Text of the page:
Knoxville Mayor Bill Haslam said Monday that he knew tough economic times were heading this way, and his preparation for those times as mayor make him the most qualified candidate for governor.
"I knew that days like this were coming," Mr. Haslam told the Hamilton County Pachyderm Club. "One of government's jobs - and this sounds crazy to people - is to hold the reins in during good times."
Mr. Haslam, former vice president of Pilot Travel Centers, told the Republican group that state government spending in Tennessee has "grown way faster than the rate of inflation."
He touted the fact that he tripled Knoxville's rainy day fund as mayor as well as his "critical, experienced budget management" experience.
Former state Rep. Kim McMillan, D-Clarksville, a candidate for governor on the Democratic side, said it's Gov. Phil Bredesen and lawmakers who've been responsible.
"If cuts had to be made, they've been made," she said.
* U.S. Rep. Zach Wamp
* Knoxville Mayor Bill Haslam
* Shelby County District Attorney Bill Gibbons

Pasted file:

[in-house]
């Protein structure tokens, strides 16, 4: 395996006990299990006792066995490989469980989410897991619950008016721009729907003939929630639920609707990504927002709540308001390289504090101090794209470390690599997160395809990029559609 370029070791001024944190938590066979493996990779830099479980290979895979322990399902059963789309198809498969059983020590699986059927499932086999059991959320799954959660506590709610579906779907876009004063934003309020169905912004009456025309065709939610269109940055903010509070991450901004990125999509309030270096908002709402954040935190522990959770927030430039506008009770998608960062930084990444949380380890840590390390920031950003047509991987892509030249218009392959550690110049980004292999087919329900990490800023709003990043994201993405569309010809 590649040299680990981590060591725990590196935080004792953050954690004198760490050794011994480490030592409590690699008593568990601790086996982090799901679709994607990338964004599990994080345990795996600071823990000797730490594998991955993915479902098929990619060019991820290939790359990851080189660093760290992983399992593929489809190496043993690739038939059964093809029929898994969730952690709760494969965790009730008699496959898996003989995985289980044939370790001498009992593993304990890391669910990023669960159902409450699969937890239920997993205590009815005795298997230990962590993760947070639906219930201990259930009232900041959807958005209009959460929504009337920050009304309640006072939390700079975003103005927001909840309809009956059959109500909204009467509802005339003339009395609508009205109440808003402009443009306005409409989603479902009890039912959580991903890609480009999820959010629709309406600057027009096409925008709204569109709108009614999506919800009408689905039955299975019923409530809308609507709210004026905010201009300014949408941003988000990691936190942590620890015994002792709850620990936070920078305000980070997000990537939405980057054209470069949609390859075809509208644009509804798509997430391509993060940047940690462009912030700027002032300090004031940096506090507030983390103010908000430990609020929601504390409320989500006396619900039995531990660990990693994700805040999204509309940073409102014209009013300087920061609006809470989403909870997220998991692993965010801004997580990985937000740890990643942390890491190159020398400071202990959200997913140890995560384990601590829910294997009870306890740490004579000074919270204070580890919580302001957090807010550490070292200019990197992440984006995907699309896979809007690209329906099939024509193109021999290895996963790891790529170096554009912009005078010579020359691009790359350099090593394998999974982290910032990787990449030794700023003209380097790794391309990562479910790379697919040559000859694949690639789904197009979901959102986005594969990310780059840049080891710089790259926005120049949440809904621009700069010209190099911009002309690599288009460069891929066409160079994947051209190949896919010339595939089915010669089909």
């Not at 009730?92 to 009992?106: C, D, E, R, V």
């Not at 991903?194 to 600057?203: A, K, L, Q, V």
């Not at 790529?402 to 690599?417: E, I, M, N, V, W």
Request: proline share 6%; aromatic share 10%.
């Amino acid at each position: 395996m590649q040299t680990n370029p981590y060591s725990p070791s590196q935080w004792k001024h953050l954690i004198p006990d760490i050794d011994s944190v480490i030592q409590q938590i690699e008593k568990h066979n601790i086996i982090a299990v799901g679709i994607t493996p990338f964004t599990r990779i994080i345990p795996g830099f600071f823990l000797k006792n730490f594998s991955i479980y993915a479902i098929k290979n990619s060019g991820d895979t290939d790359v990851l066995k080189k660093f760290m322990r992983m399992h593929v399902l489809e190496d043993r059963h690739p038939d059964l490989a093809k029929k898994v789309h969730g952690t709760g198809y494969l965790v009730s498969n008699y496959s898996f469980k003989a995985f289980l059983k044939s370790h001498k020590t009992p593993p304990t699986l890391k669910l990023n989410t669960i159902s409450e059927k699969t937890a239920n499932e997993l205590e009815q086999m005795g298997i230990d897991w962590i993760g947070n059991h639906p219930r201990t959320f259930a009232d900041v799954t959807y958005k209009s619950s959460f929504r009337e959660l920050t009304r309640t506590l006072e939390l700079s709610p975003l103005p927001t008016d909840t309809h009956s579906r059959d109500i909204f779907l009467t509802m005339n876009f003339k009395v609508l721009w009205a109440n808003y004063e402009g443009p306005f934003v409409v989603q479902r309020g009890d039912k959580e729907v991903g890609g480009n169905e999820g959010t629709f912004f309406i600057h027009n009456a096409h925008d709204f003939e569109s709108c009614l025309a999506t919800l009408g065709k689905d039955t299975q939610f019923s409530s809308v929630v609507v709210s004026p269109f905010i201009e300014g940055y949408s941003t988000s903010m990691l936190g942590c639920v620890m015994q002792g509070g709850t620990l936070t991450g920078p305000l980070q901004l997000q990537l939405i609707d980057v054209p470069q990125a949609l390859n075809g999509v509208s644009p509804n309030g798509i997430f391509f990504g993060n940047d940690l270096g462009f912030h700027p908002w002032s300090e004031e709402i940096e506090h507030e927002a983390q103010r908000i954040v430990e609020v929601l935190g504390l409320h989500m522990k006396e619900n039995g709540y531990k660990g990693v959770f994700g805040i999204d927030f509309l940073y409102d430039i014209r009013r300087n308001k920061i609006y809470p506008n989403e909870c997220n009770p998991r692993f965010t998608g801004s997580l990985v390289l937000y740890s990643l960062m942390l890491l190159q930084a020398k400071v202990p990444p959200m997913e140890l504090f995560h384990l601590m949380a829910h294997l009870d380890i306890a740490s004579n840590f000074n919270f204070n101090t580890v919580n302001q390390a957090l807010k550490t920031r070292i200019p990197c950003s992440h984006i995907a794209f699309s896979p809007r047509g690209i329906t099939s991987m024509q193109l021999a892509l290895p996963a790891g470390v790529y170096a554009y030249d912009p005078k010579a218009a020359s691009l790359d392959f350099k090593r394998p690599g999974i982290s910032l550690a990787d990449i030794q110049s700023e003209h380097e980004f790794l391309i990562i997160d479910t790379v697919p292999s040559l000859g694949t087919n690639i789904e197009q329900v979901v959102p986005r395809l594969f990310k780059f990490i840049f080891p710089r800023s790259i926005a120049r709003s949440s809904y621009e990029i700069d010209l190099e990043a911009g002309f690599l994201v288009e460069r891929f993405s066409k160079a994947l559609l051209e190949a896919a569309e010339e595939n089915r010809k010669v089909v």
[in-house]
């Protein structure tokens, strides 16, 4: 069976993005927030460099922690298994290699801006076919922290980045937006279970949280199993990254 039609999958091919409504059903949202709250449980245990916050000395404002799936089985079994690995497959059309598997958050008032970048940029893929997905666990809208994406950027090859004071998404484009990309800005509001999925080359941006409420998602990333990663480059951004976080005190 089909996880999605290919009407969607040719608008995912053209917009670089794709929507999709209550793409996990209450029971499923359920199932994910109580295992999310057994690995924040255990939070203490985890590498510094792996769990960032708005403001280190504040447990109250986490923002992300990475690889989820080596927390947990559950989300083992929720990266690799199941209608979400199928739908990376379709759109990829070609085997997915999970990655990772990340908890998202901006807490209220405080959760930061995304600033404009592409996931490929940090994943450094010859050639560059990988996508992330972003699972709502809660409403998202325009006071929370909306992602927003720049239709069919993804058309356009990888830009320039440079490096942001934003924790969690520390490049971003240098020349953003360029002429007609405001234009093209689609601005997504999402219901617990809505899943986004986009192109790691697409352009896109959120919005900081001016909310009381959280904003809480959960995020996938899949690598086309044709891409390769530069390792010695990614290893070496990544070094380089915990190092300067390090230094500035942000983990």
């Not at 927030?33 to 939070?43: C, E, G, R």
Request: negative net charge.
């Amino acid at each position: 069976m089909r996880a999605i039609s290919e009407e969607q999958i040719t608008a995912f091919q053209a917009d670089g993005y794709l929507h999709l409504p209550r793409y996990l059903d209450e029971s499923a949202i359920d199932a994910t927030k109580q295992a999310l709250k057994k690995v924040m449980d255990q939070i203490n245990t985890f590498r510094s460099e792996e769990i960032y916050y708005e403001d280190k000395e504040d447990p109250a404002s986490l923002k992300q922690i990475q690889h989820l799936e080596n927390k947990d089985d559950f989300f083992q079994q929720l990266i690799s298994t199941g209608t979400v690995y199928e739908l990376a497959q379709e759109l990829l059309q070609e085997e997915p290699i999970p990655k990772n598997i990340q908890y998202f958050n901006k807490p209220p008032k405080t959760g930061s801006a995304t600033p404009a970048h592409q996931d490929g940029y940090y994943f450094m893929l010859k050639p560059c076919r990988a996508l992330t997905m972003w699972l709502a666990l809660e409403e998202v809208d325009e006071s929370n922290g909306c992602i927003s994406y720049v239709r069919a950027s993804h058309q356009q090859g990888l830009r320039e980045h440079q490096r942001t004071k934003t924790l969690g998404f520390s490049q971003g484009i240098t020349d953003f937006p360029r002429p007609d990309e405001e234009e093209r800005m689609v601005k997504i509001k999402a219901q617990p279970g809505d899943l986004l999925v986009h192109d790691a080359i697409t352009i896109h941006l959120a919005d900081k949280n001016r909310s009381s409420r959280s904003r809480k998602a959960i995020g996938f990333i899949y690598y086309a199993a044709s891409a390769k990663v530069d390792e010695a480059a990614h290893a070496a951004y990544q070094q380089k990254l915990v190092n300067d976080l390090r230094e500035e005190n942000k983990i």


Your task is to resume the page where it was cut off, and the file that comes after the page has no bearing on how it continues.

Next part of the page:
* Lt. Gov. Ron Ramsey
* Former state Rep. Kim McMillan
* Businessman Ward Cammack
Gov. Bredesen has said the state likely will have to use part of its $750 million rainy day fund this year for one-time expenses to stem a $900 million budget shortfall.
U.S. Rep. Zach Wamp, R-Tenn., who will face off against Mr. Haslam in the 2010 GOP gubernatorial primary, said Mr. Haslam was "looking backwards."
"We can't just play defense," Rep. Wamp said.
The Chattanooga congressman said he plans to encourage economic growth in the state, including growth of the Tennessee Technology Corridor, which is in his district.
"Some people's executive experience is overrated, and mine is grossly underrated," Rep. Wamp said.
Shelby County District Attorney Bill Gibbons, another hopeful for the Republican gubernatorial nomination, boosted his economic credentials, as well. Mr. Gibbons said he worked with the administration of former Gov. Lamar Alexander to create the Memphis Jobs Conference, which helped revitalize the city.
Brad Todd, a campaign adviser for Lt. Gov. Ron Ramsey, R-Blountville, said the lieutenant governor, who has set up an exploratory committee for a 2010 gubernatorial campaign, has helped make Tennessee friendly to business.
"One thing that distinguishes Lt. Gov. Ramsey in this race is (Tennesseans) don't have to wonder what he would do as governor," Mr. Todd said. "He doesn't have to do a sales job to the people of this state."
Ward Cammack, who is seeking the Democratic nomination, could not be reached for comment.